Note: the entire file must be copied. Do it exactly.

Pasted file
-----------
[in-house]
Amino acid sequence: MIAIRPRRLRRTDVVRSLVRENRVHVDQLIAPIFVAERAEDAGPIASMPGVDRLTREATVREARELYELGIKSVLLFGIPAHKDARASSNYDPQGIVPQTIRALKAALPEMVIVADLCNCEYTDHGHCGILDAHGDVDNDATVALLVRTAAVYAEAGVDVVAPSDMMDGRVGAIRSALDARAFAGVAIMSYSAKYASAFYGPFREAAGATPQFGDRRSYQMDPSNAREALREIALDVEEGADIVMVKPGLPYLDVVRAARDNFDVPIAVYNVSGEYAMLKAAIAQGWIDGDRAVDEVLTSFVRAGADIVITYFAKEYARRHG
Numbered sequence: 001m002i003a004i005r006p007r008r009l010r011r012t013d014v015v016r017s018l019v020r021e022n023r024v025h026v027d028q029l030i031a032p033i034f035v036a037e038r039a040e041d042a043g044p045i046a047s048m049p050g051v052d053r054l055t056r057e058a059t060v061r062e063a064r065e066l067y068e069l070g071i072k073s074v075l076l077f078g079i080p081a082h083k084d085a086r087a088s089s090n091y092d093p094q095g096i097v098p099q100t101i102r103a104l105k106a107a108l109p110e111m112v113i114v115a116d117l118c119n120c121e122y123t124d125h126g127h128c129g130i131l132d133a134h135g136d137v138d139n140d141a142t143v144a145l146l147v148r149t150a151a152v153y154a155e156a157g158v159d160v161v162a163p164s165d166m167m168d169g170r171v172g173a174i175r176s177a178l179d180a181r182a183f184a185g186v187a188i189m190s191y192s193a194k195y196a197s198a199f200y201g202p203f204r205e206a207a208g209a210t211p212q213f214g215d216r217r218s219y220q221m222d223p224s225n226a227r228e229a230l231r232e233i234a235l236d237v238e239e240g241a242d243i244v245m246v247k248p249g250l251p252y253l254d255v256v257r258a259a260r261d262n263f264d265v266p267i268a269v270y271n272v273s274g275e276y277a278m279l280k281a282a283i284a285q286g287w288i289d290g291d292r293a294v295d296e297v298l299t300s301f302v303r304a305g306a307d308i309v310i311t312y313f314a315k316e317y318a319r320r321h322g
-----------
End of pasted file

[in-house]
Amino acid sequence: MIAIRPRRLRRTDVVRSLVRENRVHVDQLIAPIFVAERAEDAGPIASMPGVDRLTREATVREARELYELGIKSVLLFGIPAHKDARASSNYDPQGIVPQTIRALKAALPEMVIVADLCNCEYTDHGHCGILDAHGDVDNDATVALLVRTAAVYAEAGVDVVAPSDMMDGRVGAIRSALDARAFAGVAIMSYSAKYASAFYGPFREAAGATPQFGDRRSYQMDPSNAREALREIALDVEEGADIVMVKPGLPYLDVVRAARDNFDVPIAVYNVSGEYAMLKAAIAQGWIDGDRAVDEVLTSFVRAGADIVITYFAKEYARRHG
Numbered sequence: 001m002i003a004i005r006p007r008r009l010r011r012t013d014v015v016r017s018l019v020r021e022n023r024v025h026v027d028q029l030i031a032p033i034f035v036a037e038r039a040e041d042a043g044p045i046a047s048m049p050g051v052d053r054l055t056r057e058a059t060v061r062e063a064r065e066l067y068e069l070g071i072k073s074v075l076l077f078g079i080p081a082h083k084d085a086r087a088s089s090n091y092d093p094q095g096i097v098p099q100t101i102r103a104l105k106a107a108l109p110e111m112v113i114v115a116d117l118c119n120c121e122y123t124d125h126g127h128c129g130i131l132d133a134h135g136d137v138d139n140d141a142t143v144a145l146l147v148r149t150a151a152v153y154a155e156a157g158v159d160v161v162a163p164s165d166m167m168d169g170r171v172g173a174i175r176s177a178l179d180a181r182a183f184a185g186v187a188i189m190s191y192s193a194k195y196a197s198a199f200y201g202p203f204r205e206a207a208g209a210t211p212q213f214g215d216r217r218s219y220q221m222d223p224s225n226a227r228e229a230l231r232e233i234a235l236d237v238e239e240g241a242d243i244v245m246v247k248p249g250l251p252y253l254d255v256v257r258a259a260r261d262n263f264d265v266p267i268a269v270y271n272v273s274g275e276y277a278m279l280k281a282a283i284a285q286g287w288i289d290g291d292r293a294v295d296e297v298l299t300s301f302v303r304a305g306a307d308i309v310i311t312y313f314a315k316e317y318a319r320r321h322g